Megan Pete, better known as Megan Thee Stallion, is a rapper, producer, and singer-songwriter. She’s managed to release four projects in the last three years while collaborating with some of the top artists in hip-hop. The “Hot Girl Summer” artist has found significant success through social media. Indeed, many of her freestyles and songs have gone viral on TikTok and Instagram.
A Meteoric Rise
Hailing from Houston, Megan Thee Stallion’s music is a clear evolution of the minimalist bass-heavy vibe of her predecessors. These include the Geto Boys, Scarface, DJ Screw, Chamillionare, and Slim Thug. Last year, three of her singles went platinum. In 2020, “Savage,” featuring Beyoncé on the remix, reached #1 on the Billboard charts. The track earned her another platinum record.
Behind the boards for “Savage” is J. White Did It, who also produced Cardi B’s “Bodak Yellow” and “I Like It.” White’s tracks tend to create energy with minimal instrumentation; “Savage” is no exception. As Megan Thee Stallion continues her meteoric rise to stardom, let’s re-create the artist’s chart-topping hit “Savage” using Roland Zenbeats.
After analyzing Megan Thee Stallion’s “Savage,” I was able to recreate the beat using only five tracks. The main theme of this beat is a strong piano part which is a technique that White uses in many of his productions. Another notable J. White production featuring a strong and distinctive piano part is “Money” by Cardi B.
The main piano theme of “Savage” is a riff using two minor seventh chords a half step apart: Eb minor 7 and E minor 7. In his Genius deconstructed video, White reveals he built the entire track around this piano part. Using Zenbeats, I chose the ElectroKeys preset Piano Room and filtered out some of the high frequencies. Once I had the foundation of the beat, I started to build the drum parts around it.
In the first verse, there are only a few percussive elements. We have a crash cymbal at the beginning of the first one, an eighth note hi-hat pattern, as well as a clap and snap sound on beat 3 of every bar. Also, a clave plays a barely-audible quarter note pattern.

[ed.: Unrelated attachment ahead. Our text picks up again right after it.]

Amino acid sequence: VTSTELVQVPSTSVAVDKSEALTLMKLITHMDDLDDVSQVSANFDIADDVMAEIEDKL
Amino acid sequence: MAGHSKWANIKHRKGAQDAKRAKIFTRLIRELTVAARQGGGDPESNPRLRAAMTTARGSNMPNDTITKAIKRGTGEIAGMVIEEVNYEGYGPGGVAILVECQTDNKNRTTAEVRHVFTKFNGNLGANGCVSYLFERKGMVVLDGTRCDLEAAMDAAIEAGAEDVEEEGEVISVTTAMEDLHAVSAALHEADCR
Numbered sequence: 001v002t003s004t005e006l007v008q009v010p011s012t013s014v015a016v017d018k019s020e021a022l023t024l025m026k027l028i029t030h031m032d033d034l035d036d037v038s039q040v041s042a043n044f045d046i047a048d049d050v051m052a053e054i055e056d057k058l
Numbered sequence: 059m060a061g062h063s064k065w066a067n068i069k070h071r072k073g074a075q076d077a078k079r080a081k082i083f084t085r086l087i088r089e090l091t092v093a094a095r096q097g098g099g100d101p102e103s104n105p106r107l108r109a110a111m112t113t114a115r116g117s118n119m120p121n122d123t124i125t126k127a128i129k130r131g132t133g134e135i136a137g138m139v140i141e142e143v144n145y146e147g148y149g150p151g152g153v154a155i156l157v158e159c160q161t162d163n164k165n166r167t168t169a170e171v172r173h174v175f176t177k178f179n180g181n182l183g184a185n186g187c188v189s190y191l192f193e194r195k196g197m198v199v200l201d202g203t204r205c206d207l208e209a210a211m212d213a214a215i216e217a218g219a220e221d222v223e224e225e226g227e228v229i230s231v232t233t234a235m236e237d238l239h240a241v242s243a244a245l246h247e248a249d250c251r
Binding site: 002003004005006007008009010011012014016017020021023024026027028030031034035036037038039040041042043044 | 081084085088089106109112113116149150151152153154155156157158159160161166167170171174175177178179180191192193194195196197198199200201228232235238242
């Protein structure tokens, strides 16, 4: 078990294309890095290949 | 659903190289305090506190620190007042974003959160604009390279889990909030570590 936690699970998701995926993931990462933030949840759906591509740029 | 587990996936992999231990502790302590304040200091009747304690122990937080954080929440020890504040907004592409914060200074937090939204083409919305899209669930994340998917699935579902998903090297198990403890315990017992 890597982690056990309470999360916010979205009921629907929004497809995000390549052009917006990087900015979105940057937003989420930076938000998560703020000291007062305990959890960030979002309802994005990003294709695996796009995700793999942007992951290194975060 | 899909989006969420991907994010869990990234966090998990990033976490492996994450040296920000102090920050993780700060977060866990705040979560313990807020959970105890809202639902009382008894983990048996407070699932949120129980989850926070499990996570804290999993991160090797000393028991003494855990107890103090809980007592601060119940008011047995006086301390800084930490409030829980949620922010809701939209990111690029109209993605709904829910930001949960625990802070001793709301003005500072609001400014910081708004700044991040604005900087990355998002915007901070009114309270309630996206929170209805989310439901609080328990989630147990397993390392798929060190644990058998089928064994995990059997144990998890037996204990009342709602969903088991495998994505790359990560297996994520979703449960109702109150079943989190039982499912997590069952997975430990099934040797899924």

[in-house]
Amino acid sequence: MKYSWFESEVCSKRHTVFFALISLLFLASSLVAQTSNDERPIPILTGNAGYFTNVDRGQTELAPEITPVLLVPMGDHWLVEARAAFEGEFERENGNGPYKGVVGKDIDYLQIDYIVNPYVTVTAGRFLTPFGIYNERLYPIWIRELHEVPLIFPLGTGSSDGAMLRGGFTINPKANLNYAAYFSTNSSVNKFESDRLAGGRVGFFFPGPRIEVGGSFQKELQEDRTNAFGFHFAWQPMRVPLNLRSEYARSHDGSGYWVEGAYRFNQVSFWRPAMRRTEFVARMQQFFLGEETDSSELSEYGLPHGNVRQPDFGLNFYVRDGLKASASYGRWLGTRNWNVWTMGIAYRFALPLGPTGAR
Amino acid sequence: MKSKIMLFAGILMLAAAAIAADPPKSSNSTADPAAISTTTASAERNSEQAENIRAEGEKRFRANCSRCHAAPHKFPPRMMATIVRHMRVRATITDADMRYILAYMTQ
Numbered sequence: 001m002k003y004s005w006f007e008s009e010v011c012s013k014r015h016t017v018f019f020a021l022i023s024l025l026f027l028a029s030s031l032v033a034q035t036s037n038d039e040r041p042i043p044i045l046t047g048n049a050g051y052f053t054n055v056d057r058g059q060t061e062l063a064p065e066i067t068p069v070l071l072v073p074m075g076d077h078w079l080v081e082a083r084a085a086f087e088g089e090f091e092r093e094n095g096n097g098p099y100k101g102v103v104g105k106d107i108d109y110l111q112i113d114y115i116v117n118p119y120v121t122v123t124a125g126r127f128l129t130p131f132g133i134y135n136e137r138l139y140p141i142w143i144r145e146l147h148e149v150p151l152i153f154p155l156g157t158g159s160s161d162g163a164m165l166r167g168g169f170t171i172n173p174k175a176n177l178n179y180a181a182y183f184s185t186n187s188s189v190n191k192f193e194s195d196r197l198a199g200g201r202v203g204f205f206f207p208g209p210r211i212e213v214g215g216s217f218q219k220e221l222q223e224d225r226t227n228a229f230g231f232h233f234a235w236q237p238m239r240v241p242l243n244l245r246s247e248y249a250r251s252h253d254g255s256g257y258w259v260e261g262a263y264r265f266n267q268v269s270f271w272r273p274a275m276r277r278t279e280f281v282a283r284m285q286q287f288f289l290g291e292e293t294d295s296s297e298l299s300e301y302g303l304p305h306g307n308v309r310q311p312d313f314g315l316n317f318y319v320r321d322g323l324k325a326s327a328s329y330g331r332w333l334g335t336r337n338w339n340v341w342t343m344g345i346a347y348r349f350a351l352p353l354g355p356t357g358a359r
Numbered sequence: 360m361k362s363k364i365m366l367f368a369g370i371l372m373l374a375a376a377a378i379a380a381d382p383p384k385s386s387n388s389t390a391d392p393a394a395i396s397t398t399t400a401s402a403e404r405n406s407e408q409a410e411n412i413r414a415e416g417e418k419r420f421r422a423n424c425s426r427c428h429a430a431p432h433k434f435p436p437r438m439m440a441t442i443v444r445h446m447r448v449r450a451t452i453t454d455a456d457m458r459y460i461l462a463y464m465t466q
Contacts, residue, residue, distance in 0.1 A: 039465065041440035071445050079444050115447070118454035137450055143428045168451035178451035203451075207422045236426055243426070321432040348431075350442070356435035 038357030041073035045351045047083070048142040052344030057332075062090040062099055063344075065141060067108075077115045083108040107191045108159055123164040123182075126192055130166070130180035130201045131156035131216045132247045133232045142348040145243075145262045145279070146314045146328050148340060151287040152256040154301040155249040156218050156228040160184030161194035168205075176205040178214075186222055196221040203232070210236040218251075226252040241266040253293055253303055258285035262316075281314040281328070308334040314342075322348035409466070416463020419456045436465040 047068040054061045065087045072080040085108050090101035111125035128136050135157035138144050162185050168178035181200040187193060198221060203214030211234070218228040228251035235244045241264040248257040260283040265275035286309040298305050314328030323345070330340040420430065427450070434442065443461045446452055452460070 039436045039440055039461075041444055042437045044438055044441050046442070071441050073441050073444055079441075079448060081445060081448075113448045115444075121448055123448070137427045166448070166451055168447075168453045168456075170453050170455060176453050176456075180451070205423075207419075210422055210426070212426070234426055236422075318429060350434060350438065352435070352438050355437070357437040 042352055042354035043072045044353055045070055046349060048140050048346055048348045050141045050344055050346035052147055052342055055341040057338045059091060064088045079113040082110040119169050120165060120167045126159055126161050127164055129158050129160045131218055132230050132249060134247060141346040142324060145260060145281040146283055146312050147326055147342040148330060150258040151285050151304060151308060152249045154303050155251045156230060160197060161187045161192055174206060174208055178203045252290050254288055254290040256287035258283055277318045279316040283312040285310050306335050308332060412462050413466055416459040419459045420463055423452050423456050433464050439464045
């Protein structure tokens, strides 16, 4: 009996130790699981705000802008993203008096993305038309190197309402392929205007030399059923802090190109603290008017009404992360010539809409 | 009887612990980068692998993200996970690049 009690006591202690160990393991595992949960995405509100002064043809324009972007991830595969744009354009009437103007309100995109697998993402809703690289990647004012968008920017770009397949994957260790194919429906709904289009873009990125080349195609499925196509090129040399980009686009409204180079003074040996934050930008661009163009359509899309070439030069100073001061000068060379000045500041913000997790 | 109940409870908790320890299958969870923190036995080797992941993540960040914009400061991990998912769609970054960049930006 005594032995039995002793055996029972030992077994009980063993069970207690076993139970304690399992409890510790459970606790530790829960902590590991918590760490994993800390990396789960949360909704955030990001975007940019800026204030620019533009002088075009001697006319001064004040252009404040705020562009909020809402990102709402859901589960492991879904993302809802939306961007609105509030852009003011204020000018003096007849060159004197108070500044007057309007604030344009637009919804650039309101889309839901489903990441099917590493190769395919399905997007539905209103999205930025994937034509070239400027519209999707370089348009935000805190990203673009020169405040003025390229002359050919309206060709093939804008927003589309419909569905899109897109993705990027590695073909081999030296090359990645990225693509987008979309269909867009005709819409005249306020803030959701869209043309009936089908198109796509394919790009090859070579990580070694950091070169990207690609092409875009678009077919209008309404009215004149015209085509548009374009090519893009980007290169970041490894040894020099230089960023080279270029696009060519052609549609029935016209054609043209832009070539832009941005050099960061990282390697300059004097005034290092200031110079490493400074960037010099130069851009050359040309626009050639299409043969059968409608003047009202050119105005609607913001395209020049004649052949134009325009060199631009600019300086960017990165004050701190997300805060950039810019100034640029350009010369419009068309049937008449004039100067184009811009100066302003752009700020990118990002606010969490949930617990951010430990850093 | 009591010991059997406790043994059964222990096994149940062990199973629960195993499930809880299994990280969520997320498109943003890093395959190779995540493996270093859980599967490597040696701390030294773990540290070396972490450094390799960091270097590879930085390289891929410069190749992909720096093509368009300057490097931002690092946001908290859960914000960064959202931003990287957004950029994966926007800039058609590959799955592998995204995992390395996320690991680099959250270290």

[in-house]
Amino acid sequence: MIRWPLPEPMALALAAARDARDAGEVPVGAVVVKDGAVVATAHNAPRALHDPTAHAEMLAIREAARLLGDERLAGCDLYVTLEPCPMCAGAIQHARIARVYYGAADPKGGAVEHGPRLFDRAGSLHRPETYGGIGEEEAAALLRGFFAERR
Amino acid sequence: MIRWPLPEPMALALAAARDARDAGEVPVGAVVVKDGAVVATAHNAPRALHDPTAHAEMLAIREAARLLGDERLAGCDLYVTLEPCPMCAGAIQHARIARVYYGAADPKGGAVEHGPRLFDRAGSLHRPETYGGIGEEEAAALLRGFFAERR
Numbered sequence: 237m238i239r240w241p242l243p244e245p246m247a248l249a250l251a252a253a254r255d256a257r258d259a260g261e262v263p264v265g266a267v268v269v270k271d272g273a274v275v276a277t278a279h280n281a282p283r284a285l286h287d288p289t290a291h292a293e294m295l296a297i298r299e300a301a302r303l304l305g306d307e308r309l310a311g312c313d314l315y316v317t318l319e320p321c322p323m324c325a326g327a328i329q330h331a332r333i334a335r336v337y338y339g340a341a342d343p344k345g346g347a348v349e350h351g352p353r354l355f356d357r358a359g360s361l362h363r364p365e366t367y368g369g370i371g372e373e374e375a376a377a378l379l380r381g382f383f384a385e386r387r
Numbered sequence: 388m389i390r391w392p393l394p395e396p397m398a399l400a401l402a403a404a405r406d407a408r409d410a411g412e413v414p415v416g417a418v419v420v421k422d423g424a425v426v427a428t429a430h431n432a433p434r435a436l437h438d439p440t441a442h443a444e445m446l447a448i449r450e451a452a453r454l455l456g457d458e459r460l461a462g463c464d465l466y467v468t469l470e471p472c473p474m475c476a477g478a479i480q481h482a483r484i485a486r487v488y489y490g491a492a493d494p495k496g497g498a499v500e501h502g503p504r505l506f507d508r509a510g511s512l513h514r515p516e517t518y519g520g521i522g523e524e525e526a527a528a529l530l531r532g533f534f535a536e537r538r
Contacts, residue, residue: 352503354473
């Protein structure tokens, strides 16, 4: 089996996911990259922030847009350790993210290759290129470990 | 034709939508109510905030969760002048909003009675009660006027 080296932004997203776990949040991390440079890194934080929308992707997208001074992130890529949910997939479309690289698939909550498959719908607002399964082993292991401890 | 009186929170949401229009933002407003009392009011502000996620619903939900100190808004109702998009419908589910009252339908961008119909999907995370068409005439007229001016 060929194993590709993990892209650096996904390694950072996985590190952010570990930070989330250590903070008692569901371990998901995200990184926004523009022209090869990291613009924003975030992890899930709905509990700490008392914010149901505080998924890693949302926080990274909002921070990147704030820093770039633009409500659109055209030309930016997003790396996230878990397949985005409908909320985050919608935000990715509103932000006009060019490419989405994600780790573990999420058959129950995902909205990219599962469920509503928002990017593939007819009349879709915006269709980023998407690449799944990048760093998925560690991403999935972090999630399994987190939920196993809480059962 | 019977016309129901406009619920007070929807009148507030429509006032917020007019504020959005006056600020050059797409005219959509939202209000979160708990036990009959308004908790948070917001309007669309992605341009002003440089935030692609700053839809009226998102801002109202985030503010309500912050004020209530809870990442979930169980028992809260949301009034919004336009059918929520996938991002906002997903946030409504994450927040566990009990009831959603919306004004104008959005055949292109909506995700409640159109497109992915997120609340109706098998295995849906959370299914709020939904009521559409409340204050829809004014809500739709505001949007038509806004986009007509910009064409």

Once we arrive at the chorus section, I kept the same pattern and added an 808 pattern layered with a kick drum. This is a technique White uses to make his 808 patterns more punchy. There’s also an open hi-hat sound playing a simple pattern of two quarter notes (beats 1 and 3) followed by two eighth notes on beat 1 of the following bar.
On the second half of the chorus and for the second verse there is another kick pattern. It plays the same pattern as the 808 but adds a few more accents. For the drum sounds, I used the Roland TR-808 Full Kit. Download it in the Zenbeats Store under Roland Classic Drums.
After programming the main drums parts, I added an 808 fill. This happens in various spots throughout the song. For this fill, I automated the pitch of two different 808 type sounds in the Chilled Trap drum preset. The fill consists of four eighth notes that usually arrive on beats 3 and 4 at the end of a four or eight-bar cadence.
Next, I added a synth lead sound using ElectroComposer. I wasn’t able to fully match the sound with the original because J. White used the halftime plugin on his original sound. This added some extra bass frequencies. However, I managed to get close using the Fluter preset and adjusting some of the filters and the reverb.
Finally, I added my attempt at recreating the vocal sample in Megan Thee Stallion’s hit that appears throughout the beat. Using the SampleVerse instrument, I recorded my voice and played it as an instrument.
After adding some reverb and delay, I did my best re-creation of the sample without actually sampling the song itself.
Mixing and Mastering
Once I created my parts, I could toggle between them in the mixing window and record my arrangement in real-time. Finally, I exported the stems and did a quick master using iZotope’s Ozone 8 software.
Listen to the finished re-creation of “Savage” by Megan Thee Stallion below. Zenbeats gives you all the tools to create a chart-topping single from the comfort of a desktop computer or phone.